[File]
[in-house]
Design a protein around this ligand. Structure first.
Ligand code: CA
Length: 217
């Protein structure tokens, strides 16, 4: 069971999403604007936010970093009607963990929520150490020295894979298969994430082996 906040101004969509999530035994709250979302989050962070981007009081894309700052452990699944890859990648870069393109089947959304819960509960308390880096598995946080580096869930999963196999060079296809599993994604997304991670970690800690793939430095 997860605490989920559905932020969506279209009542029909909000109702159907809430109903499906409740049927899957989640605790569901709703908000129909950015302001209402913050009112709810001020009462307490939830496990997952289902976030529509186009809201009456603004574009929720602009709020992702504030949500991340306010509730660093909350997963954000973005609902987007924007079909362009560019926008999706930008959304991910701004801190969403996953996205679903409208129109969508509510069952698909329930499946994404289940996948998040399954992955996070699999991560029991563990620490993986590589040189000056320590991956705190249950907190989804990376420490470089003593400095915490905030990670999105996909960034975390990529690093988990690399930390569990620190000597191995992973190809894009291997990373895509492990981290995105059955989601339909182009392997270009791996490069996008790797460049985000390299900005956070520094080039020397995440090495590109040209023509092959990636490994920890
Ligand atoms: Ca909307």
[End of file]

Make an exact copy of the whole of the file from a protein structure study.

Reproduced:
[in-house]
Design a protein around this ligand. Structure first.
Ligand code: CA
Length: 217
């Protein structure tokens, strides 16, 4: 069971999403604007936010970093009607963990929520150490020295894979298969994430082996 906040101004969509999530035994709250979302989050962070981007009081894309700052452990699944890859990648870069393109089947959304819960509960308390880096598995946080580096869930999963196999060079296809599993994604997304991670970690800690793939430095 997860605490989920559905932020969506279209009542029909909000109702159907809430109903499906409740049927899957989640605790569901709703908000129909950015302001209402913050009112709810001020009462307490939830496990997952289902976030529509186009809201009456603004574009929720602009709020992702504030949500991340306010509730660093909350997963954000973005609902987007924007079909362009560019926008999706930008959304991910701004801190969403996953996205679903409208129109969508509510069952698909329930499946994404289940996948998040399954992955996070699999991560029991563990620490993986590589040189000056320590991956705190249950907190989804990376420490470089003593400095915490905030990670999105996909960034975390990529690093988990690399930390569990620190000597191995992973190809894009291997990373895509492990981290995105059955989601339909182009392997270009791996490069996008790797460049985000390299900005956070520094080039020397995440090495590109040209023509092959990636490994920890
Ligand atoms: Ca909307």